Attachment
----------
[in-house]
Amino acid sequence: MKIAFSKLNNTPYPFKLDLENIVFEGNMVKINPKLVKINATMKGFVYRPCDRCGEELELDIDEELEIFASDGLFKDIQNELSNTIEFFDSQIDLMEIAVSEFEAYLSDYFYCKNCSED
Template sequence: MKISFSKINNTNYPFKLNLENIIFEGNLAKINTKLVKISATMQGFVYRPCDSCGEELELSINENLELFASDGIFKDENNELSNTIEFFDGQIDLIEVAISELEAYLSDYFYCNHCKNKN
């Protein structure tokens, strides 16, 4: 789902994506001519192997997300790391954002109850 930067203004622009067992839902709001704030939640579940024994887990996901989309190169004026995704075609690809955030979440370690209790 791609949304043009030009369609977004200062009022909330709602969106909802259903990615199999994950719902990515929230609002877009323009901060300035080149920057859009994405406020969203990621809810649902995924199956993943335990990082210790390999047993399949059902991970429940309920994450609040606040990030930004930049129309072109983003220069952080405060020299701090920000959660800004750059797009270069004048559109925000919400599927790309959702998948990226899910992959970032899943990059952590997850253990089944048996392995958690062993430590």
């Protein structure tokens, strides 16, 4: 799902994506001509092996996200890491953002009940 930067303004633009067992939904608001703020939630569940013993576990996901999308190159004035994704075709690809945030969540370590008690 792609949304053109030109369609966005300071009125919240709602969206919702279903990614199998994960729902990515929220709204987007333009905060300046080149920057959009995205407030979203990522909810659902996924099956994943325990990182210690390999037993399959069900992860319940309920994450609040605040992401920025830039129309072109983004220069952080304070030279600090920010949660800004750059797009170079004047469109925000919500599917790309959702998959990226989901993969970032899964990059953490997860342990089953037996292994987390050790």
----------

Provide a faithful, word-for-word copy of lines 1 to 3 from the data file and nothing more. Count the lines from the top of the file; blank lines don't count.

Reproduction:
[in-house]
Amino acid sequence: MKIAFSKLNNTPYPFKLDLENIVFEGNMVKINPKLVKINATMKGFVYRPCDRCGEELELDIDEELEIFASDGLFKDIQNELSNTIEFFDSQIDLMEIAVSEFEAYLSDYFYCKNCSED
Template sequence: MKISFSKINNTNYPFKLNLENIIFEGNLAKINTKLVKISATMQGFVYRPCDSCGEELELSINENLELFASDGIFKDENNELSNTIEFFDGQIDLIEVAISELEAYLSDYFYCNHCKNKN